(CMC) – Director of the Pan Health Organisation (PAHO), Dr Carissa Etienne, Wednesday, said prevention remains a major key in preventing the spread of the coronavirus (COVID-19) and the Monkeypox viruses in the Americas, including the Caribbean.
The Dominican-born PAHO director said that the two viruses remain a “significant threat” to the region, with the COVID-19 accounting for millions of infection and deaths since the first case was detected two years ago.
She said that despite a decrease in COVID-19 cases, hospitalisations and deaths in the Americas, “hundreds of people are still dying every day from COVID-19 across our region” and “yet countries have scaled back their public health measures while millions remain unvaccinated.”
PAHO said while most vaccines delivered in the Americas are for boosters, 10 countries and territories have yet to fully vaccinate even 40 per cent of their populations and some people have yet to receive a single vaccine dose.
“We must not and cannot be complacent, because this virus is still circulating, still evolving, and new variants can still emerge,” said Dr Etienne, calling on countries to prioritise those who remain unprotected, including children who return to school this month.
Regarding the Monkeypox outbreak, the PAHO Director noted that over 30,000 cases have been reported in the region, making the Americas the global epicentre of the pandemic.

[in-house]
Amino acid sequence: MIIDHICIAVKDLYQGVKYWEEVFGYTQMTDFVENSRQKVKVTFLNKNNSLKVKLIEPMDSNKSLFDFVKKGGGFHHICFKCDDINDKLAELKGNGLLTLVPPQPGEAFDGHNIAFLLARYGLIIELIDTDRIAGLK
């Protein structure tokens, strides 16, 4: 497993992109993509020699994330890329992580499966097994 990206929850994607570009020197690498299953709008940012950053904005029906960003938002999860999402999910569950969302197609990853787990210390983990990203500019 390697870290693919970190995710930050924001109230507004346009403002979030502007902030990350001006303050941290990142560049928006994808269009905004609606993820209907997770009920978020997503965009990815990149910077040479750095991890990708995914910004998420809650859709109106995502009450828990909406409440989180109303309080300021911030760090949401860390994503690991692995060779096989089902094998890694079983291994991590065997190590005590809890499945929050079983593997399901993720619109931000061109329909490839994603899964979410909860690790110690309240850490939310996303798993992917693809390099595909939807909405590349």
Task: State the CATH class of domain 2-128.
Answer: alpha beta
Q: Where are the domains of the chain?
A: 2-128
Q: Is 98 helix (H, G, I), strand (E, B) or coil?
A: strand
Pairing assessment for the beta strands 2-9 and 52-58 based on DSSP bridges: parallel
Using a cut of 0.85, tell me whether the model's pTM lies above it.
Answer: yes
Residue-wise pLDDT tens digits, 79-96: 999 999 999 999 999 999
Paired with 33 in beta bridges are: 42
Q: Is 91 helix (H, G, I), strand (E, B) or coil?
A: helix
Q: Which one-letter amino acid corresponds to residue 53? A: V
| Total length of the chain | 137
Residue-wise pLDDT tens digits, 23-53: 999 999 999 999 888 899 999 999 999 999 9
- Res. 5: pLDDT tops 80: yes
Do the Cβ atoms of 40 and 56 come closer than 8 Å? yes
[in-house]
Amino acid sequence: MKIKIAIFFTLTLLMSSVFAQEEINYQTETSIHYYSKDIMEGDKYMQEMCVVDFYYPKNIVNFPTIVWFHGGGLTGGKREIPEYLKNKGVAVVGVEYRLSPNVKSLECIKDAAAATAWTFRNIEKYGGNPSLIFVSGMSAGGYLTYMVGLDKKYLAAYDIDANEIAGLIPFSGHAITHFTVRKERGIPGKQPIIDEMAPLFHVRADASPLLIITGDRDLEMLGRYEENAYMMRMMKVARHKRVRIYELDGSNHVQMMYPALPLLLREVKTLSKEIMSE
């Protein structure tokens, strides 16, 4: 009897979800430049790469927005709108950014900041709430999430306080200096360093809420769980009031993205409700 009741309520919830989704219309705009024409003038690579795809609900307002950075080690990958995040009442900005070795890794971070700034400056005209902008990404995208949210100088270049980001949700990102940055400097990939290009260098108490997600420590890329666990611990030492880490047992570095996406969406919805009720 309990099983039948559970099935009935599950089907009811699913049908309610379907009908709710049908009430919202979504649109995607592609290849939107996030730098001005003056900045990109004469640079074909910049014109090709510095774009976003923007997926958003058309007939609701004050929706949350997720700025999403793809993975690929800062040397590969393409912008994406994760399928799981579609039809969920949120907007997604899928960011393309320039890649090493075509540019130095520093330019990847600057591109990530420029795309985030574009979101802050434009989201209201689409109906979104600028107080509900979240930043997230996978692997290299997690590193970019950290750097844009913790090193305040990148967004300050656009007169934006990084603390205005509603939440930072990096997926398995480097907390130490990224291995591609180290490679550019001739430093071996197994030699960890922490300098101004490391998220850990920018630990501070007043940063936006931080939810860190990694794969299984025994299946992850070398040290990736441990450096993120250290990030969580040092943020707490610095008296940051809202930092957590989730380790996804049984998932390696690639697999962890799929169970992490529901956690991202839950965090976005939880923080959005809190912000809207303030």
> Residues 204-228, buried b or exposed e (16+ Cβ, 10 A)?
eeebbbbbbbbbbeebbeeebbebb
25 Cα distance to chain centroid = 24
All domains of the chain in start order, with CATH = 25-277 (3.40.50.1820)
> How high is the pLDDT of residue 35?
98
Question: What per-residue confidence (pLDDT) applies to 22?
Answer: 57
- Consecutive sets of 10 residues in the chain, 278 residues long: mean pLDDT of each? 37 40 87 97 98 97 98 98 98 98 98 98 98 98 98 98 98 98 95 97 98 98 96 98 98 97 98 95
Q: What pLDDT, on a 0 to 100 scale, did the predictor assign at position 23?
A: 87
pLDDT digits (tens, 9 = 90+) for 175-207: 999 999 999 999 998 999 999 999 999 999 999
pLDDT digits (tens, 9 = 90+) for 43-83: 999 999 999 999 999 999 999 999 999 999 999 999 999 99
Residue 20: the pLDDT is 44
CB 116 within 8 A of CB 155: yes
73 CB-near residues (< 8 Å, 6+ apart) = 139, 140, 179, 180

Most cases are concentrated in the United States, Brazil, Peru and Canada, and primarily among men who have sex with men, although at least 145 cases have been reported in women and 54 among people under the age of 18.
Following a request from member states during a special session of the PAHO Directing Council in August, PAHO secured a deal with the manufacturer of the Monkeypox vaccine to make this available to countries in the region.
However, with vaccines in short supply and no effective treatment for Monkeypox, Dr Etienne urged countries to “intensify efforts to prevent the spread of the virus.”
This includes effective communication campaigns, using pragmatic, honest, targeted messages “so that everyone knows how Monkeypox is spread, how to identify specific symptoms and when to seek medical attention”.
The PAHO Director also called for increasing and decentralising testing capacity, particularly for high-risk populations, and ensuring that healthcare workers are trained to identify symptoms and provide high-quality, respectful care.
She also urged countries to address stigma surrounding the disease as this prevents those at risk from accessing information, getting tested, or seeking medical attention.
“Stigma has no place in public health. If we aren’t proactive in overcoming these barriers, Monkeypox will spread in silence,” she said.
PAHO said it is currently working with countries to prioritise limited vaccine doses for high-risk groups and to strengthen testing. It has also developed guidance and workshops to support country efforts to engage affected communities.
“As we saw with the global COVID-19 response, access to resources and sustained collaboration are key to stopping a virus. An effective public health response requires us to be decisive, to act fast and prioritise support for the most vulnerable in our region,” said Dr Etienne.